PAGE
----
November 11th, 2009
Since its launch in 1995 I’ve been a fan of Salon.com, even though it was still in the early days of the Web. Salon’s history has been oft-recorded. One account, from the improbable Scripophily.com (which is selling an early share certifiate as memorabilia for $70 bucks) notes that “journalism veterans David Talbot, Andrew Ross, and David Zweig founded Salon Internet in 1995. Targeting a literate audience attracted to highbrow content, the trio launched Web-based Salon Magazine with financial backing from Adobe Ventures, Apple Computer, and Hambrecht & Quist. With essays by Camille Paglia and an interactive Table Talk section, Salon soon caught the eyes of the mainstream media. Time magazine selected Salon as the best Web site of 1996.”
Note the reference “Salon Magazine.” These were early days, and the notion was clear: Salon was to be an online magazine without a print component, somehow thereby harnessing the power of the Web to create something very new and different. The problem, it soon became clear, was that an online magazine that was merely an online equivalent of a print magazine lacked novelty value, particularly as the American print magazines featured many great and well-established weeklies and monthlies, from The New Yorker to Harper’s. Initially Salon was revised only bi-weekly. The only thing different about it was that it was online rather than in print, and in those days readers were more often in print than online. It went weekly in 1996 and daily in 1997. In April 1999, Salon purchased the virtual community The WELL, attempting to provide a strong base for readers to interact with the site. A subscription offering was introduced just before. Here’s a screen shot of the 1999 version of the site (god bless the Wayback Machine!):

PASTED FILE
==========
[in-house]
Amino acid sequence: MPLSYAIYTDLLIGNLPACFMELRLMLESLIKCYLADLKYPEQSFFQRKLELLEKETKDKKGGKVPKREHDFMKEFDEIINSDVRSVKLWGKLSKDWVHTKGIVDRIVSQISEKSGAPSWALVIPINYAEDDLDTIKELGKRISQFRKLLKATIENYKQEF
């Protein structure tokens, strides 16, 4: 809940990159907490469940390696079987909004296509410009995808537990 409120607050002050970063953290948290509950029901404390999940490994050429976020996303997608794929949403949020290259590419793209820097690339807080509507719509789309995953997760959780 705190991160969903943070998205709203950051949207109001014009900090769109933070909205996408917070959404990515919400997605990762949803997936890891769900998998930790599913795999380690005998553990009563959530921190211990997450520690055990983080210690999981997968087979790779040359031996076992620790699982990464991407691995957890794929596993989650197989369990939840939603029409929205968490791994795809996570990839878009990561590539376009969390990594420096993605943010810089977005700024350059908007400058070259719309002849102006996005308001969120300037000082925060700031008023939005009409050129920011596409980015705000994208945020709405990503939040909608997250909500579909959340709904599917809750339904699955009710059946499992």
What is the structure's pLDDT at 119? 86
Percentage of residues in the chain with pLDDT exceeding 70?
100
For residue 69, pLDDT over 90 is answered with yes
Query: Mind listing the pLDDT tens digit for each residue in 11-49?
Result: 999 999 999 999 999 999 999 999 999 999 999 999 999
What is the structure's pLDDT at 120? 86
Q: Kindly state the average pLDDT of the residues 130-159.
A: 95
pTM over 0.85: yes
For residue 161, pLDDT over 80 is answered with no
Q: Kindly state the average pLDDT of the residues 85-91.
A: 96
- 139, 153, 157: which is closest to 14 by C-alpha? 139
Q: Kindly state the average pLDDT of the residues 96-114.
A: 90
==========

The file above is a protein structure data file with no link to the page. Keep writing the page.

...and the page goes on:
And another from 2005, showing little in the way of interface improvements:
It didn’t work. The company floundered under a succession of managers, editors and investors. To put it mildly, the company has been a financial disaster. The last trade of its shares was a week ago at 12 cents. As far as I can see from online filings, the company has an accumulated deficit of over $100 million, losing a further $4.7 million in the year ending last June 30th. Still the company has amongst its shareholders Jann Wenner, William and Elizabeth Hambrecht, Adobe Systems and John Warnock, Adobe Sytems co-founder. Warnock remains chairman of the board. I find it difficult notto take seriously a firm where John Warnock is chairman of the board!
Last May the board hired the talented and respected Richard Gingras as the new CEO. Since that time he has been carefully planning a relaunch of Salon.com and today’s the day!
In a briefing with Mr. Gingras I learned a little more about the inherent value of the Salon brand, as illustrated in this slide:
As Gingras notes in the press release announcing the new site design, “We are very excited about the new Salon. This is the first design overhaul of Salon in more than five years. We think Salon fans will agree it was well worth the wait.”
Every “periodical” publisher on the Web has struggled with the challenge of how best to make an effective presence in this medium. Head over to the new Salon.com and see if you feel they’ve uncovered the successful formula.